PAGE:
2 leeks, white part only, sliced thinly

2 Tbl olive oil

20g dried porcini mushrooms, soaked 20 minutes

1 tsp salt

1 Tbl fresh thyme, chopped

1 block tofu

1/2 cup plant milk

3 Tbl nutritional yeast

Preheat the oven to 375.

In a heavy skillet, sauté leeks in olive oil, until tender. Drain mushrooms. Add to the sauté and sprinkle with 1/2 tsp salt, sauté until tender about 5 minutes. Mix in the thyme and cool.

Combine the tofu, plant milk, nutritional yeast and remaining salt and process or blend. Pour the tofu mixture into the mushrooms and mix together, then spoon into prepared cases.

Bake for 30 minutes, until the filling is set and browning on top. Let the tarts stand for ten minutes before removing from the pans.

You might also like this stuffed frittata made with chickpea flour.


Beet and walnut lentil salad

I love a dish that gets piled onto a big plate, drizzled with an exquisite dressing and served. Dinner is done!

Pairing up protein powered lentils + omega rich walnuts + nutrient packed beetroot delivers one heck of a healthy meal.

Don’t be shy to heat up the leftovers and pile on toast for a hearty breakfast.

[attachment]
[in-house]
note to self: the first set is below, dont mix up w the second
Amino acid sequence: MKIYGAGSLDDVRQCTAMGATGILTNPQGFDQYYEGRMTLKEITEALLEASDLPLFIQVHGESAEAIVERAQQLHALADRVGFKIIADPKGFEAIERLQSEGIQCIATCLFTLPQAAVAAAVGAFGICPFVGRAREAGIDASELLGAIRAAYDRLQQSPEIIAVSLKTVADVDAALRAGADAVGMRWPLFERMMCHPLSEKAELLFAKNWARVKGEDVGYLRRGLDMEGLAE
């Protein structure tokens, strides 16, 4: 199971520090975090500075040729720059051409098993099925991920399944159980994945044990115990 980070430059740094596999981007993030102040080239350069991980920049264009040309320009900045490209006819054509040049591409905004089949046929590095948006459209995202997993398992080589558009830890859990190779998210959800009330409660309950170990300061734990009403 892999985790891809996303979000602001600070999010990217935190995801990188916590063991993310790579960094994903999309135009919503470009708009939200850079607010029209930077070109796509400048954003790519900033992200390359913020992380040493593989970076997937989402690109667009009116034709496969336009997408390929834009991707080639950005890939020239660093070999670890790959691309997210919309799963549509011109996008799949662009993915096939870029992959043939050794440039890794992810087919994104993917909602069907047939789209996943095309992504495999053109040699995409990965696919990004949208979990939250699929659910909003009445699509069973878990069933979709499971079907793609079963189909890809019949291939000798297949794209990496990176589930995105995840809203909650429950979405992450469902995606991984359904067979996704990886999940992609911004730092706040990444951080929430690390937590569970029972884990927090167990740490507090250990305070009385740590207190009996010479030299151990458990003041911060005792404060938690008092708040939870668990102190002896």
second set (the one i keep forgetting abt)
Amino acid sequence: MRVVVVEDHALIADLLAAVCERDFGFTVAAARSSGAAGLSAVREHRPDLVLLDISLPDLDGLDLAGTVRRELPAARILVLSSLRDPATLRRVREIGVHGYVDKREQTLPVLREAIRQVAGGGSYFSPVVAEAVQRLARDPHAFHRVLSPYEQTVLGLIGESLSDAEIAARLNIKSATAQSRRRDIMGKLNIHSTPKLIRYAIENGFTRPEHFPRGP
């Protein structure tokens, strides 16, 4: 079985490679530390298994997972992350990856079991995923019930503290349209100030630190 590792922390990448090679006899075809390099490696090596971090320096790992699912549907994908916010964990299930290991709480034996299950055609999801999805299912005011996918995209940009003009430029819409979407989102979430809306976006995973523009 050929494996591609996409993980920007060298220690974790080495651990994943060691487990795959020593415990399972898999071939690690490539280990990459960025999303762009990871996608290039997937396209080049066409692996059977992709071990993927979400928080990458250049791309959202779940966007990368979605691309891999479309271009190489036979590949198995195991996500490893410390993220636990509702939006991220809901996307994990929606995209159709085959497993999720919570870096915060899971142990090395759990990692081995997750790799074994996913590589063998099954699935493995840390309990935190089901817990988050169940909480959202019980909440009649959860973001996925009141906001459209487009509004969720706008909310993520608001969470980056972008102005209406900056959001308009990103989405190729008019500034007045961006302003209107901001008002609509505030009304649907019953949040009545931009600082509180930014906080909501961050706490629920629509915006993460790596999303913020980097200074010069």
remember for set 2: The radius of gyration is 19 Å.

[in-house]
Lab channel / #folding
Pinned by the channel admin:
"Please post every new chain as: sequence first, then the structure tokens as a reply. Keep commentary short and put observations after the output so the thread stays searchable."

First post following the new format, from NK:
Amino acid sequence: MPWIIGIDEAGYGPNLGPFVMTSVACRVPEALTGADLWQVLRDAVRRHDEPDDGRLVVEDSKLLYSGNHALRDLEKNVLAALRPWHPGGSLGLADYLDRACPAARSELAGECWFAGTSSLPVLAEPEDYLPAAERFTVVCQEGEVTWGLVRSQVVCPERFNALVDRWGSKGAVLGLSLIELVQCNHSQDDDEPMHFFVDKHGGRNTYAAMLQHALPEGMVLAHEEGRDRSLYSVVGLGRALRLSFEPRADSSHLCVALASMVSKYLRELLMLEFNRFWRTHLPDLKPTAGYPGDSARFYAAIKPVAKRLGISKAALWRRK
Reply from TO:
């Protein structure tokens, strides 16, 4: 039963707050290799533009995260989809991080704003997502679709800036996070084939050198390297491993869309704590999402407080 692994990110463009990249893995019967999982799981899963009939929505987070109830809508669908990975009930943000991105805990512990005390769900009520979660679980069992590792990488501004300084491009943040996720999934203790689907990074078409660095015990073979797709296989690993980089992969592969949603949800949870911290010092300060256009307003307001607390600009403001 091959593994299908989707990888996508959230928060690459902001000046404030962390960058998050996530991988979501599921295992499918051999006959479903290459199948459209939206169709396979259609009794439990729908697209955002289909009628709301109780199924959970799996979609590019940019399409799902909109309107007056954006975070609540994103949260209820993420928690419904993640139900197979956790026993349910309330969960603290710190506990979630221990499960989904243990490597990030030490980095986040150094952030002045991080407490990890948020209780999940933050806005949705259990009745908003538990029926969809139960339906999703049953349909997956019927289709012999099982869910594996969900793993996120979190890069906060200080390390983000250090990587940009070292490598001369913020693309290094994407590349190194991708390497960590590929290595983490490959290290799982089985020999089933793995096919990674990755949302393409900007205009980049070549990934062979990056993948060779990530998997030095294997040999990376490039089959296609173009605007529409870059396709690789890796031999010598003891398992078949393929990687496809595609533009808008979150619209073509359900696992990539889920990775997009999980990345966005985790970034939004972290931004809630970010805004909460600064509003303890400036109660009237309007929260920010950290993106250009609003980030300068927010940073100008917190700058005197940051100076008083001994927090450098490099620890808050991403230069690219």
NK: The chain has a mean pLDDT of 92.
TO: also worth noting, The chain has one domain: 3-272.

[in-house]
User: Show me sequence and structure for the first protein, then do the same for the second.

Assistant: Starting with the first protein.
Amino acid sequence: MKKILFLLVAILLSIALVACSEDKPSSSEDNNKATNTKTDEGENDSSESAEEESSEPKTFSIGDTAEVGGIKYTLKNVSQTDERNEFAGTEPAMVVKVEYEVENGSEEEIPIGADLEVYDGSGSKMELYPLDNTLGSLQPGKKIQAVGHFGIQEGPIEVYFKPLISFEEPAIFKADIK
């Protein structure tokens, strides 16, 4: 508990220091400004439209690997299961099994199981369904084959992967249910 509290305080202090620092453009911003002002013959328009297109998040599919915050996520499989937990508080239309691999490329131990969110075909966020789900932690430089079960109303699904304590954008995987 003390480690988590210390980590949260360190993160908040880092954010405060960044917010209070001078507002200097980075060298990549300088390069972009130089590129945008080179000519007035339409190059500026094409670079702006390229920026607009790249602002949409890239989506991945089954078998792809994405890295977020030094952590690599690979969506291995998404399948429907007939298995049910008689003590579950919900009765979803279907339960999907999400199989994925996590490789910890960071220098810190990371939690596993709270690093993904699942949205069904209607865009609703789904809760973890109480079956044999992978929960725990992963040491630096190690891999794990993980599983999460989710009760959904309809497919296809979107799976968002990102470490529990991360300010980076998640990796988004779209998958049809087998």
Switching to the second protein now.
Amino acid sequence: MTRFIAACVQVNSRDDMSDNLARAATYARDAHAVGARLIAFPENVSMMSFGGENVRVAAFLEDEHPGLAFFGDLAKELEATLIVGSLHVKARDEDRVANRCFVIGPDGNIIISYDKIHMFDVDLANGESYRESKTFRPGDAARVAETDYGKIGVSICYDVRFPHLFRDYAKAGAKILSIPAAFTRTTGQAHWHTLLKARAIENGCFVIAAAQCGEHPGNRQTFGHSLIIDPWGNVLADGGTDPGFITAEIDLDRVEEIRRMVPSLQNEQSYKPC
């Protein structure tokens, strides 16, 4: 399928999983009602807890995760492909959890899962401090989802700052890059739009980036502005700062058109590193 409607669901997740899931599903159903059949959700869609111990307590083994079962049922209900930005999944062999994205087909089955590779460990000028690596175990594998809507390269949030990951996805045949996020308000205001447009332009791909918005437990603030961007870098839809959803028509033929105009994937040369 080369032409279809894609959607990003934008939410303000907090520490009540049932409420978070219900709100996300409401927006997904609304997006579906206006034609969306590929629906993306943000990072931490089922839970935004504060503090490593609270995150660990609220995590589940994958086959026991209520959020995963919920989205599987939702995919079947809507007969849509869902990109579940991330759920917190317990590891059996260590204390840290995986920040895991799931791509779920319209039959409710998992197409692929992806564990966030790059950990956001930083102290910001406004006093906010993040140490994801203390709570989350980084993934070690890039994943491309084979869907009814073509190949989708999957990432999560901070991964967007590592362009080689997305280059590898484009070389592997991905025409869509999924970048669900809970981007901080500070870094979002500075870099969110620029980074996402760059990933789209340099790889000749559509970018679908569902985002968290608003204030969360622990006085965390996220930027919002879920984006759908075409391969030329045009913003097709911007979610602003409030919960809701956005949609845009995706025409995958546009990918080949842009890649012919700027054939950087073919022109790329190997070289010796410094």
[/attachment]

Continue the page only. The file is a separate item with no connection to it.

I use organic brown lentils as they hold their shape better and they’re tastier. The beets on the other hand have been known to come out of a can of baby beets when needs must!

You will need:

For the lentils

1 cup organic brown lentils
1 onion
1 bay leaf
Rinse the lentils and cover with water by at least an inch. Add the onion + bay leaf. Bring to the boil and reduce to simmer until soft adding more water as needed ~ 30 minutes. Once cooked remove the bay leaf and onion (I chop the onion through the salad).

The roasted beets

4 beets, quartered (peeling is optional)
1 Tbl olive oil
Salt + pepper

Heat the oven and toss the prepared beets in the oil with salt + pepper. Bake until soft ~ 30 minutes.

The dressing

1 Tbl fresh ginger, minced
1-2 garlic, minced
1 Tbl tahini
2 Tbl apple cider vinegar
1 tsp maple syrup
1 tsp mustard
¼ cup water

Blend until creamy.


1/2 cup walnuts
A heap of parsley

Toss it all together and drizzle with dressing. This salad makes a base for many delicious brown lentil dishes. Add different herbs, different roasted or steamed veges. Cook the lentils in a tomato sauce (not salad but you get my drift!).

You might also like:

Big sushi salad which uses the same dressing.

Cooking vegan recipes with a Masterchef

No one was more surprised than us.

The first ever Vegan Expo in Whangarei last October was a roaring success!